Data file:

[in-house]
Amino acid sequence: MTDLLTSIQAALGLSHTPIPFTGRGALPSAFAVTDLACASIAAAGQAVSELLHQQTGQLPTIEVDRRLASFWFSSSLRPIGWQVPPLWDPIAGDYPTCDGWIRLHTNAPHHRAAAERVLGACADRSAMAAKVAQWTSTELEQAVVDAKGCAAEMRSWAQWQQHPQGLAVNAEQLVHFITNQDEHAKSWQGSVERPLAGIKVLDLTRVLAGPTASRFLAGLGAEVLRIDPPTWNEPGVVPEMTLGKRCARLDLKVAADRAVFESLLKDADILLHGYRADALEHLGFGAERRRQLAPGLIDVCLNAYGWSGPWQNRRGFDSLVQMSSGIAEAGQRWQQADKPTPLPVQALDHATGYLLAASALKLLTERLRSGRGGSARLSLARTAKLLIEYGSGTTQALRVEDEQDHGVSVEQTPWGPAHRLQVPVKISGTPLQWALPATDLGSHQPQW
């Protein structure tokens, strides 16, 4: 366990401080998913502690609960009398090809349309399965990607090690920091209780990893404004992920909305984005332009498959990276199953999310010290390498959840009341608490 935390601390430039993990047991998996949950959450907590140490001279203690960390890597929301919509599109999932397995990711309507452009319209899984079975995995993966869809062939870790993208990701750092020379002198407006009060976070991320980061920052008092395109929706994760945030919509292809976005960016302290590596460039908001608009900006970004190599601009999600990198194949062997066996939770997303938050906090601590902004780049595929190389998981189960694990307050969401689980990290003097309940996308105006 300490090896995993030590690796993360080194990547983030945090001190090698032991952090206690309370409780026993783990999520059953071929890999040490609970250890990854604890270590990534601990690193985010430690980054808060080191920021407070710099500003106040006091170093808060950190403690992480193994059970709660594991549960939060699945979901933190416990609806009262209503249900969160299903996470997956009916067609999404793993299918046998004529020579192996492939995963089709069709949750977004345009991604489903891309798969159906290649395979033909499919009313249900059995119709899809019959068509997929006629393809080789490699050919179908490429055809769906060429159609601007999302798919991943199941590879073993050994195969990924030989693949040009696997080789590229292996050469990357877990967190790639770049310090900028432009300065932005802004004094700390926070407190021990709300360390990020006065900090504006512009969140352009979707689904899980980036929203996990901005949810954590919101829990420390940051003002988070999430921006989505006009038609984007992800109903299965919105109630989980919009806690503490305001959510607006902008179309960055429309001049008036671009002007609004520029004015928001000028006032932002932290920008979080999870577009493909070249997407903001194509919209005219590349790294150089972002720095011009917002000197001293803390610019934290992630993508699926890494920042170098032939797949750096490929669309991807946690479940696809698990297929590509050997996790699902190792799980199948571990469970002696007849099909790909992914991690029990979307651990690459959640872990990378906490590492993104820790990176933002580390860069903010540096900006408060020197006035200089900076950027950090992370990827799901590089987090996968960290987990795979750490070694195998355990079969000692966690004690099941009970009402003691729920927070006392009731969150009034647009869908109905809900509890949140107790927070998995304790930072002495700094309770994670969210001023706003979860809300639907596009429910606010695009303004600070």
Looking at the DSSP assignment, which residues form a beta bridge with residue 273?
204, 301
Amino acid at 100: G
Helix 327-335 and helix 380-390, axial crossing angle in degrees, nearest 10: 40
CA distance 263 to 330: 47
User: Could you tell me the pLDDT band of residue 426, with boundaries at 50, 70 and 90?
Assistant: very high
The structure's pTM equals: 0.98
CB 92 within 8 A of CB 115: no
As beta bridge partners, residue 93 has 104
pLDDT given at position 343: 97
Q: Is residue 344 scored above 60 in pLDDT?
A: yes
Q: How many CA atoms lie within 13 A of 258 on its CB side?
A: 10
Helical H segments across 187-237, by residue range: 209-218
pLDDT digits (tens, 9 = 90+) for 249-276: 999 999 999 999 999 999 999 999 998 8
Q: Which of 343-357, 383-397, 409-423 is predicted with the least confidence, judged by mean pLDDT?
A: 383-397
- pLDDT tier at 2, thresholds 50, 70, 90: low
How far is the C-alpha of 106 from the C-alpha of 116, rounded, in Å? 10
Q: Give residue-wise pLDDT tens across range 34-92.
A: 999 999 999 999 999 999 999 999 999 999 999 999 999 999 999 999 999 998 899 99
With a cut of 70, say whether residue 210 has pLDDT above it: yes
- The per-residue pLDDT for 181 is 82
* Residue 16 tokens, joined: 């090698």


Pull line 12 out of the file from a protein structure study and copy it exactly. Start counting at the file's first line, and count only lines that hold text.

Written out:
CB 92 within 8 A of CB 115: no